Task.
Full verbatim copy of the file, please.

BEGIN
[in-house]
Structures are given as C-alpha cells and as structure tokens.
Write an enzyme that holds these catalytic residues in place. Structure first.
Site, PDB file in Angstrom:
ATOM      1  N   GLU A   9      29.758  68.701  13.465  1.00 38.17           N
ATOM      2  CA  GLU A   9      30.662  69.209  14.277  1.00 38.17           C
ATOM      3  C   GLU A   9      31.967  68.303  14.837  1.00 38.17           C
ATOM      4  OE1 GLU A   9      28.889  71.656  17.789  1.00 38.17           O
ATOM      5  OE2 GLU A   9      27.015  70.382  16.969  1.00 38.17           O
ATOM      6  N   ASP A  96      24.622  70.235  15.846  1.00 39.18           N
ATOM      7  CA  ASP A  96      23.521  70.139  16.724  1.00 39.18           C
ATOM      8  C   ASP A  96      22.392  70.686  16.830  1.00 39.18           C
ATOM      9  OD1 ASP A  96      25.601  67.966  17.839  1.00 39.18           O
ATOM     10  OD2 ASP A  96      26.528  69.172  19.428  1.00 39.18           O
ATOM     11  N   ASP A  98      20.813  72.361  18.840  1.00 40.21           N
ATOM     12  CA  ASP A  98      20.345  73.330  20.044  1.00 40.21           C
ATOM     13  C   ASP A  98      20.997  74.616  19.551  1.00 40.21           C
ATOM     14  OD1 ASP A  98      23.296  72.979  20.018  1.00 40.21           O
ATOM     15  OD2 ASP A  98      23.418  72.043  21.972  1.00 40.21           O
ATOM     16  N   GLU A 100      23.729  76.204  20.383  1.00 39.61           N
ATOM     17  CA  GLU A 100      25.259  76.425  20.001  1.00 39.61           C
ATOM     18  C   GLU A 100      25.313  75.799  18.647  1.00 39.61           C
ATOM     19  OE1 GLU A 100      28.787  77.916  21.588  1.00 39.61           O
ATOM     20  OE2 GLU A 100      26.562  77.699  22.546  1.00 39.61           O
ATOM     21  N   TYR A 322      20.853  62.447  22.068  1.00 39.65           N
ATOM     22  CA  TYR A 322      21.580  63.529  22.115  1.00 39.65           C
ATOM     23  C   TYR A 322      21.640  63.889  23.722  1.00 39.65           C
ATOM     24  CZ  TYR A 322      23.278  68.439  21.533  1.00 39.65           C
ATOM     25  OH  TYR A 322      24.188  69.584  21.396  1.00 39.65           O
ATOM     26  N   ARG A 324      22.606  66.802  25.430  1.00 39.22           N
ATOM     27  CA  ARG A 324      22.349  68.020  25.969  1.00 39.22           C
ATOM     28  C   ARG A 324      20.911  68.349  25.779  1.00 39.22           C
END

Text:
[in-house]
Structures are given as C-alpha cells and as structure tokens.
Write an enzyme that holds these catalytic residues in place. Structure first.
Site, PDB file in Angstrom:
ATOM      1  N   GLU A   9      29.758  68.701  13.465  1.00 38.17           N
ATOM      2  CA  GLU A   9      30.662  69.209  14.277  1.00 38.17           C
ATOM      3  C   GLU A   9      31.967  68.303  14.837  1.00 38.17           C
ATOM      4  OE1 GLU A   9      28.889  71.656  17.789  1.00 38.17           O
ATOM      5  OE2 GLU A   9      27.015  70.382  16.969  1.00 38.17           O
ATOM      6  N   ASP A  96      24.622  70.235  15.846  1.00 39.18           N
ATOM      7  CA  ASP A  96      23.521  70.139  16.724  1.00 39.18           C
ATOM      8  C   ASP A  96      22.392  70.686  16.830  1.00 39.18           C
ATOM      9  OD1 ASP A  96      25.601  67.966  17.839  1.00 39.18           O
ATOM     10  OD2 ASP A  96      26.528  69.172  19.428  1.00 39.18           O
ATOM     11  N   ASP A  98      20.813  72.361  18.840  1.00 40.21           N
ATOM     12  CA  ASP A  98      20.345  73.330  20.044  1.00 40.21           C
ATOM     13  C   ASP A  98      20.997  74.616  19.551  1.00 40.21           C
ATOM     14  OD1 ASP A  98      23.296  72.979  20.018  1.00 40.21           O
ATOM     15  OD2 ASP A  98      23.418  72.043  21.972  1.00 40.21           O
ATOM     16  N   GLU A 100      23.729  76.204  20.383  1.00 39.61           N
ATOM     17  CA  GLU A 100      25.259  76.425  20.001  1.00 39.61           C
ATOM     18  C   GLU A 100      25.313  75.799  18.647  1.00 39.61           C
ATOM     19  OE1 GLU A 100      28.787  77.916  21.588  1.00 39.61           O
ATOM     20  OE2 GLU A 100      26.562  77.699  22.546  1.00 39.61           O
ATOM     21  N   TYR A 322      20.853  62.447  22.068  1.00 39.65           N
ATOM     22  CA  TYR A 322      21.580  63.529  22.115  1.00 39.65           C
ATOM     23  C   TYR A 322      21.640  63.889  23.722  1.00 39.65           C
ATOM     24  CZ  TYR A 322      23.278  68.439  21.533  1.00 39.65           C
ATOM     25  OH  TYR A 322      24.188  69.584  21.396  1.00 39.65           O
ATOM     26  N   ARG A 324      22.606  66.802  25.430  1.00 39.22           N
ATOM     27  CA  ARG A 324      22.349  68.020  25.969  1.00 39.22           C
ATOM     28  C   ARG A 324      20.911  68.349  25.779  1.00 39.22           C